Design hiccups of the tidyverse with rlang

This essay was the second critique of the tidyverse with rlang-enabled written in the StackOverflow chat for R and addressed to Hadley Wickham, whom was visiting the chatroom discussing concerns that had arisen. His response can be found within the chatroom.

The prior essay can be read here: Woes of the rlang-enabled Tidyverse.

@hadley, I’m aware that you disagree strongly here. I respect that you have a very differing opinion from myself. Furthermore, thank you for making available your tidyeval video and for emphasizing the existing resources to learn more about tidyeval. I took the opportunity to peruse the video earlier this morning. I would like to take a few moments to respond to some of your criticisms. I’ve organized my response into three parts: organic evolution of tidyeval design, designing for dplyr, and adoption rates. Before I begin, I do want to stress that again I highly respect the body of work you have produced; I just have severe reservations about the approachability of the latest mental model. My opinions are solely my opinions.

To begin, let’s visit the stated goal of the tidyverse:

An opinionated collection of R packages designed for data science.

All packages share an underlying design philosophy, grammar and data structures.

Regarding the design philosophy and grammar these came into being through an organic nature. That is, part of the current framing was based on contextual inquiry and mental user profiles based on your graduate appointment as an analyst in ISU’s consulting office.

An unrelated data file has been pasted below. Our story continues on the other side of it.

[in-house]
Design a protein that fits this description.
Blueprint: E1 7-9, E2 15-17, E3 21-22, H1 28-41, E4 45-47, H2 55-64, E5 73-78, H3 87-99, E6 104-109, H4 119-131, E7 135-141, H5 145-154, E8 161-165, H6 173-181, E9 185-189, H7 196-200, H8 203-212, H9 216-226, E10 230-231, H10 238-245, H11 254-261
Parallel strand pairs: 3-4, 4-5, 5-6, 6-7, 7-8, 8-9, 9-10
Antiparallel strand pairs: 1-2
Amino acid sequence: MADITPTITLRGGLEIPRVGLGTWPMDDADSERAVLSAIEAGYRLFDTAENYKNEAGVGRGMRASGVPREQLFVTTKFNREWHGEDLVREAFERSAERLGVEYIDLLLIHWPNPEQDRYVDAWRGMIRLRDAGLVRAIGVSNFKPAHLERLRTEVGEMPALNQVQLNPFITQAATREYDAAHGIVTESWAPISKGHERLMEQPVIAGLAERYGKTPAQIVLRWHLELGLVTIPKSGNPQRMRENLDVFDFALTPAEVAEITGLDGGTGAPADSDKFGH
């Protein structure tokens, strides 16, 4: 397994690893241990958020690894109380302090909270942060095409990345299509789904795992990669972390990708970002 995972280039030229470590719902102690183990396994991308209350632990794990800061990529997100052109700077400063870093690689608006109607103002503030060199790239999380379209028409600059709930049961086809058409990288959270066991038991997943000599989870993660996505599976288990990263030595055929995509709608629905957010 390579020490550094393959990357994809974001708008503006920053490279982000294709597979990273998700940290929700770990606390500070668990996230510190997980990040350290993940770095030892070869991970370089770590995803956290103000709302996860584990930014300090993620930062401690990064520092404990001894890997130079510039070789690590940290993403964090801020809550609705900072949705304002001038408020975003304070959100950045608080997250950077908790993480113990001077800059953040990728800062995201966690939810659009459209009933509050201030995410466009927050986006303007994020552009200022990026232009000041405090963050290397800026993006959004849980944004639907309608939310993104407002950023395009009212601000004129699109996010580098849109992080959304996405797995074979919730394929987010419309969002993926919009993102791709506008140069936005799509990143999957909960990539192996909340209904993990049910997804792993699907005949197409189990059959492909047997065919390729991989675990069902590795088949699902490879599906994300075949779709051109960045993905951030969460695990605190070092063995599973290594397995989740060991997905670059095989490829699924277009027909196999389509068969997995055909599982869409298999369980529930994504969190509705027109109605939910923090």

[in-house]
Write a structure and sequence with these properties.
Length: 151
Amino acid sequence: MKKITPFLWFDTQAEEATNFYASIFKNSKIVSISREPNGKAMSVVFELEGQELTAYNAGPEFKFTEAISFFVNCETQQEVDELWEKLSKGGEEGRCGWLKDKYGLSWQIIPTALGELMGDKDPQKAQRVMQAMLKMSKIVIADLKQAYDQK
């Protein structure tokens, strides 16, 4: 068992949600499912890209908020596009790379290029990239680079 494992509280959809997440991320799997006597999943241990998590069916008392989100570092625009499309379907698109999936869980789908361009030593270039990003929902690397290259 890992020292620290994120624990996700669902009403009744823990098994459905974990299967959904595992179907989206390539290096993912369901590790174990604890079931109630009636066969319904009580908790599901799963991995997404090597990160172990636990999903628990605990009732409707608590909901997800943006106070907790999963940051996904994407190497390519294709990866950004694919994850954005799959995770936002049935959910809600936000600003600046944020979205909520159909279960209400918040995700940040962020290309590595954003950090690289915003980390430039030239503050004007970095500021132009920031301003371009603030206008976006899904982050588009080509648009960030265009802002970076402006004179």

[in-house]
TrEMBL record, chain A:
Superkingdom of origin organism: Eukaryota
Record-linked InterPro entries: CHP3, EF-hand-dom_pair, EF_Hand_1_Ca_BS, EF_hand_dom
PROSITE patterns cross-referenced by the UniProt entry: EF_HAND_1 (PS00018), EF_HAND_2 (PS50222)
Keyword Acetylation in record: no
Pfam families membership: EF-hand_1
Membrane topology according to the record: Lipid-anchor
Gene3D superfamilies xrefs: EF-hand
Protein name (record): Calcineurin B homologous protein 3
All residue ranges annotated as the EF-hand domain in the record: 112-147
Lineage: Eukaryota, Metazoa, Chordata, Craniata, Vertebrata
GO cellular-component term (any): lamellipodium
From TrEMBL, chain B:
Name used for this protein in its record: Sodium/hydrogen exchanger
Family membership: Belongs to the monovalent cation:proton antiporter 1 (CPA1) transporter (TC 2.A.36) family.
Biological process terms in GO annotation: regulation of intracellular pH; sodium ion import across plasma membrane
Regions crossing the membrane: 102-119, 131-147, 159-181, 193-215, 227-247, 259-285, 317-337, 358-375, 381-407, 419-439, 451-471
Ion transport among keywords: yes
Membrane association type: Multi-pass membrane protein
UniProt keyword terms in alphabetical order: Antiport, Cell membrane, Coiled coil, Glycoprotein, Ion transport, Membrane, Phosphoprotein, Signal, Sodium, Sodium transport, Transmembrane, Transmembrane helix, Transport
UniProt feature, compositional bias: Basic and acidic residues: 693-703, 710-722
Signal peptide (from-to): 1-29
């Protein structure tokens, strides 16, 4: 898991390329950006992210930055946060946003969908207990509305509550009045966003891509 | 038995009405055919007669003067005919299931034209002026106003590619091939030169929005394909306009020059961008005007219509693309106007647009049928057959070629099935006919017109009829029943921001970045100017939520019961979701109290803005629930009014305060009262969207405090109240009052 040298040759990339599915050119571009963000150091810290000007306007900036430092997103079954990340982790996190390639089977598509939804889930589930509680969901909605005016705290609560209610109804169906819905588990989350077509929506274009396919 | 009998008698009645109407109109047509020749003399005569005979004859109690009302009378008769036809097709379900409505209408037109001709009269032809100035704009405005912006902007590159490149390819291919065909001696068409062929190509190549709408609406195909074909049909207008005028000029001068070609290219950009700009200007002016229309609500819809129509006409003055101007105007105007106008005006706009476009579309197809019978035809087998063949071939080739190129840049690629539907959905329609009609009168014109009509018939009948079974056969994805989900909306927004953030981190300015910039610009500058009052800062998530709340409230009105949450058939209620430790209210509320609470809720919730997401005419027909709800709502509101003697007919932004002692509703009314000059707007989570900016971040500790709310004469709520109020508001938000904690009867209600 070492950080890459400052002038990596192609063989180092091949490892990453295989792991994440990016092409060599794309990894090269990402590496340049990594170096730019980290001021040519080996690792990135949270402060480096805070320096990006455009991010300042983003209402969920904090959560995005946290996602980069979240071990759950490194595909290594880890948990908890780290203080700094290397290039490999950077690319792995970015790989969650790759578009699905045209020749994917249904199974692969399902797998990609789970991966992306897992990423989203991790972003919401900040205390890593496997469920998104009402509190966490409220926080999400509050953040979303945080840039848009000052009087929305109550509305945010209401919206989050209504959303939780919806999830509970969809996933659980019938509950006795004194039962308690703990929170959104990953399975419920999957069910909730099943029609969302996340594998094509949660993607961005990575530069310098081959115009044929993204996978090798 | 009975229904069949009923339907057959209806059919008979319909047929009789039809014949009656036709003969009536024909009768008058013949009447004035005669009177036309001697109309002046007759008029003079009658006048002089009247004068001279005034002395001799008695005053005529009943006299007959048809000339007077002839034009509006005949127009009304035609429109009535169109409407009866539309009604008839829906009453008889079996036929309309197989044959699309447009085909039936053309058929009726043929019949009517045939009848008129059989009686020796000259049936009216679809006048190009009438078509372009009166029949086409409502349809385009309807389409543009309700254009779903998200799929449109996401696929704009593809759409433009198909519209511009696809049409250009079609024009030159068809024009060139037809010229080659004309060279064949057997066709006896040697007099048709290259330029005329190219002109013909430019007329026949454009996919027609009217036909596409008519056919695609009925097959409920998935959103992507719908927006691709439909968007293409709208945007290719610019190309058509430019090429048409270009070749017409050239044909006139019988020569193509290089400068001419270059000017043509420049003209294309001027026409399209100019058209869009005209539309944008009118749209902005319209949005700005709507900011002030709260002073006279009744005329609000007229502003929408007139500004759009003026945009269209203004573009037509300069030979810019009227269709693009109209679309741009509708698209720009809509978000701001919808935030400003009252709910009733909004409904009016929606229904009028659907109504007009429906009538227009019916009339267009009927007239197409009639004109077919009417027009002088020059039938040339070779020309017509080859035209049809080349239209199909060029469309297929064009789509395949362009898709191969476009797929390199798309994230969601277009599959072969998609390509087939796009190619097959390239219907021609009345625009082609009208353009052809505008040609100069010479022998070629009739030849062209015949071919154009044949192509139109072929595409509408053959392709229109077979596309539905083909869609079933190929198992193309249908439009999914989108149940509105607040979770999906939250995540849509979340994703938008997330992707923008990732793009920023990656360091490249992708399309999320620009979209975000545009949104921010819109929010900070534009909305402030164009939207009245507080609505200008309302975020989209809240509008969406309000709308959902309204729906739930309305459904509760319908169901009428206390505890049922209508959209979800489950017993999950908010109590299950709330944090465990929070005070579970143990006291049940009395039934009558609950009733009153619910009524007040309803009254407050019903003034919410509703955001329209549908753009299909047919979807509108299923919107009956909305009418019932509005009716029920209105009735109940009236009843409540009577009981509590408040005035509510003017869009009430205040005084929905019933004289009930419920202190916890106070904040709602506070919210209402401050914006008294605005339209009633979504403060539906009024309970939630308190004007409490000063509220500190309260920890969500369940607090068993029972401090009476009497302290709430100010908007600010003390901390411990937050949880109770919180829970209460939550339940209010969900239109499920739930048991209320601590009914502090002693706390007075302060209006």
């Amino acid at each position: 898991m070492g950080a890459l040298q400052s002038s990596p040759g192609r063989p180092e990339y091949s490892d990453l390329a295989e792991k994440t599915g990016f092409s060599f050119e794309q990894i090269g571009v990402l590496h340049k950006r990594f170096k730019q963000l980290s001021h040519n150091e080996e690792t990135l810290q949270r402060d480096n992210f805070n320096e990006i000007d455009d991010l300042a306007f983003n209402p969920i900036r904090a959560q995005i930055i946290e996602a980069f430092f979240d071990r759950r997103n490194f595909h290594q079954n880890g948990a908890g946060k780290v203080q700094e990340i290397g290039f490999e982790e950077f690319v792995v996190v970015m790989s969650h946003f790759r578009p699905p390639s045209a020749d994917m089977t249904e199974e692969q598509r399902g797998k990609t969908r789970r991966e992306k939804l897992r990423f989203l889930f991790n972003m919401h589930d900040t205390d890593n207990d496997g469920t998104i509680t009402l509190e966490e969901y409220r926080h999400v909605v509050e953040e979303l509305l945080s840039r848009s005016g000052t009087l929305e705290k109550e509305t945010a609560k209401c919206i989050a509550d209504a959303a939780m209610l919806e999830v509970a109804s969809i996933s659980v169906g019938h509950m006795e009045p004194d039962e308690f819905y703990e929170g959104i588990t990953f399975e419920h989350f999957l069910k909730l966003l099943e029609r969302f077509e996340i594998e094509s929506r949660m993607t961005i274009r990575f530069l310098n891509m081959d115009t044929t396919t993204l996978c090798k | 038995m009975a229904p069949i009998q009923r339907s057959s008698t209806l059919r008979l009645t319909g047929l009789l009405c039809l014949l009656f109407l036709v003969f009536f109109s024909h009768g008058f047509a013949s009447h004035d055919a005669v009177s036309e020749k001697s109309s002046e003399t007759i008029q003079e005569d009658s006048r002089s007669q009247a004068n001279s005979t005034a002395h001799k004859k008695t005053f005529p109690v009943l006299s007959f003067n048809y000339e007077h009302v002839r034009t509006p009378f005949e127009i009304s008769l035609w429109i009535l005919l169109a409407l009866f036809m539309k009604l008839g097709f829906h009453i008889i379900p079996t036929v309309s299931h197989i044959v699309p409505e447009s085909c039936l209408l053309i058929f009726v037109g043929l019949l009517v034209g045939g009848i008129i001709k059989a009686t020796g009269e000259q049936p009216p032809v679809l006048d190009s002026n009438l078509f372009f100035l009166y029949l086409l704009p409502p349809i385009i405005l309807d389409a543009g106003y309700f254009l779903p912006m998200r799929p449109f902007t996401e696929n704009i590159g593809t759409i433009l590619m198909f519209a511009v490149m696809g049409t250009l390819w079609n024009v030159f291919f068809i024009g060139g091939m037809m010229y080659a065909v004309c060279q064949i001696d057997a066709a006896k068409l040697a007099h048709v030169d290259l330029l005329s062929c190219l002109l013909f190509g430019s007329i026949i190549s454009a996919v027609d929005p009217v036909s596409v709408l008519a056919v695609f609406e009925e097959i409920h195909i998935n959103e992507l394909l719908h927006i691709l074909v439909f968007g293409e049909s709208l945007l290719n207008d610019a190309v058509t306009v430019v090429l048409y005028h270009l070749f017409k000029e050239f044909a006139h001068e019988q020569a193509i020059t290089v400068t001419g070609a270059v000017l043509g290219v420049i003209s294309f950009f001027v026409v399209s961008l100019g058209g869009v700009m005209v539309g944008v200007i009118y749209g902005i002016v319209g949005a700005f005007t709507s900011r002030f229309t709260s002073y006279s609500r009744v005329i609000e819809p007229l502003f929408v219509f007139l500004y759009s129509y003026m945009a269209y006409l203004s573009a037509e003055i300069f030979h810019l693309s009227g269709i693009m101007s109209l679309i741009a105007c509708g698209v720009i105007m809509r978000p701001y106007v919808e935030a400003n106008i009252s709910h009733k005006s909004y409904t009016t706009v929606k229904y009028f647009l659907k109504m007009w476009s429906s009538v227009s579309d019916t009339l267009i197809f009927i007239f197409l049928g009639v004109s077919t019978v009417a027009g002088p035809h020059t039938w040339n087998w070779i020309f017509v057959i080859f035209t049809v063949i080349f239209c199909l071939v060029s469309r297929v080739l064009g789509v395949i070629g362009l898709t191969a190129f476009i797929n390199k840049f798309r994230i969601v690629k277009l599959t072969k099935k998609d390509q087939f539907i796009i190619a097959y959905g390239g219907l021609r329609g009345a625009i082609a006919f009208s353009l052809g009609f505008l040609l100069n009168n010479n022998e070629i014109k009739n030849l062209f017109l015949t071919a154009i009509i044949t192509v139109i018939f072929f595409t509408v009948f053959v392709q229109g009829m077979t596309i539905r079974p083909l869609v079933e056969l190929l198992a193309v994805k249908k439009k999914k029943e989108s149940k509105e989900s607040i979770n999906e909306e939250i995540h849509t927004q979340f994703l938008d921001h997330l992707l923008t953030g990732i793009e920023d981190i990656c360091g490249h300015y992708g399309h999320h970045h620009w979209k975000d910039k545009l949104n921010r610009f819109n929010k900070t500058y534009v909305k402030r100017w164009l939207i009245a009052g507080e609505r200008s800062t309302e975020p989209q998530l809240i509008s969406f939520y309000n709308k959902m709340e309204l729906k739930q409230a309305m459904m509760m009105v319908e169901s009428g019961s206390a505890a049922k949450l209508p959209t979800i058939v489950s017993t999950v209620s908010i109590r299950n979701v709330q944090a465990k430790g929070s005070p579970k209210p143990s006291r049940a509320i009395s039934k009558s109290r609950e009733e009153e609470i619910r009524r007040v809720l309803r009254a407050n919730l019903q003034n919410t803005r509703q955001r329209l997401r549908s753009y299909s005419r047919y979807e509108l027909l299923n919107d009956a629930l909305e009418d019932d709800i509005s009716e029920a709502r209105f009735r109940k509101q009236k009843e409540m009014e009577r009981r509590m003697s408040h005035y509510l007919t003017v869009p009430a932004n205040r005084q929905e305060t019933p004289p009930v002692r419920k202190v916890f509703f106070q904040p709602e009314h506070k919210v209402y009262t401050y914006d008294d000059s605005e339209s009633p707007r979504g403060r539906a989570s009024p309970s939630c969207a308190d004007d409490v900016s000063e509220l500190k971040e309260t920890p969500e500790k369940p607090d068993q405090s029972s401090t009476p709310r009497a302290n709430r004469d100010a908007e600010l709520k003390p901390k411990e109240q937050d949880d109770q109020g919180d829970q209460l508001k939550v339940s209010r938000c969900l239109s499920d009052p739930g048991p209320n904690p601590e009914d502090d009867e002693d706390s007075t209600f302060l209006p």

However, the underlying theory was made on the fly as indicated by Lionel (c.f. SO Chat ). This is one reason we see drastic swings from year-to-year regarding tidyverse design and are forced to update existing code to still live in the ‘verse. The partial cause for this is there still hasn’t been a tried and true document produced that explicitly describes the tidyverse design outside of tidy manifesto that ships with the tidyverse (c.f. SO Chat).

Again, I understand it takes time to write down such a philosophy, just look at how long it took for probability to receive an axiomatic system since its introduction in the middle ages. Moreover, the philosophy request comes while the framework is being built as its being used at scale (c.f. Youtube: “Building Planes in the Sky” ), but I can say that stability of definitions is crucial to adopting tidyverse.

Now, this isn’t completely a fair characterization as in the earlier days you did not manage a team at RStudio to build out the data science platform. However, going forward, such swings rest solely on you as you head the development team.

With this being said, I think over time your own mental models with R have evolved considerably. My worry here is the context switch being lost between an expert and a novice. My comment relating the “simplest possible design” with the current iteration the development team is taking arises in part due to my second point of dplyr evolution; but, I’ll end this remark by saying without novice user design stories the likelihood of groupthink done at an abstracted level appears to be more prevelant in this latest version.

Let’s switch gears to talking about a specific interface example within the DSLs designed. I’m going to first introduce code between dplyr <= 0.5.0 and dplyr >= 0.6.0 that shows a dynamic filter subset. Something that a lot of data scientists will likely need to incorporate into their code on a daily basis.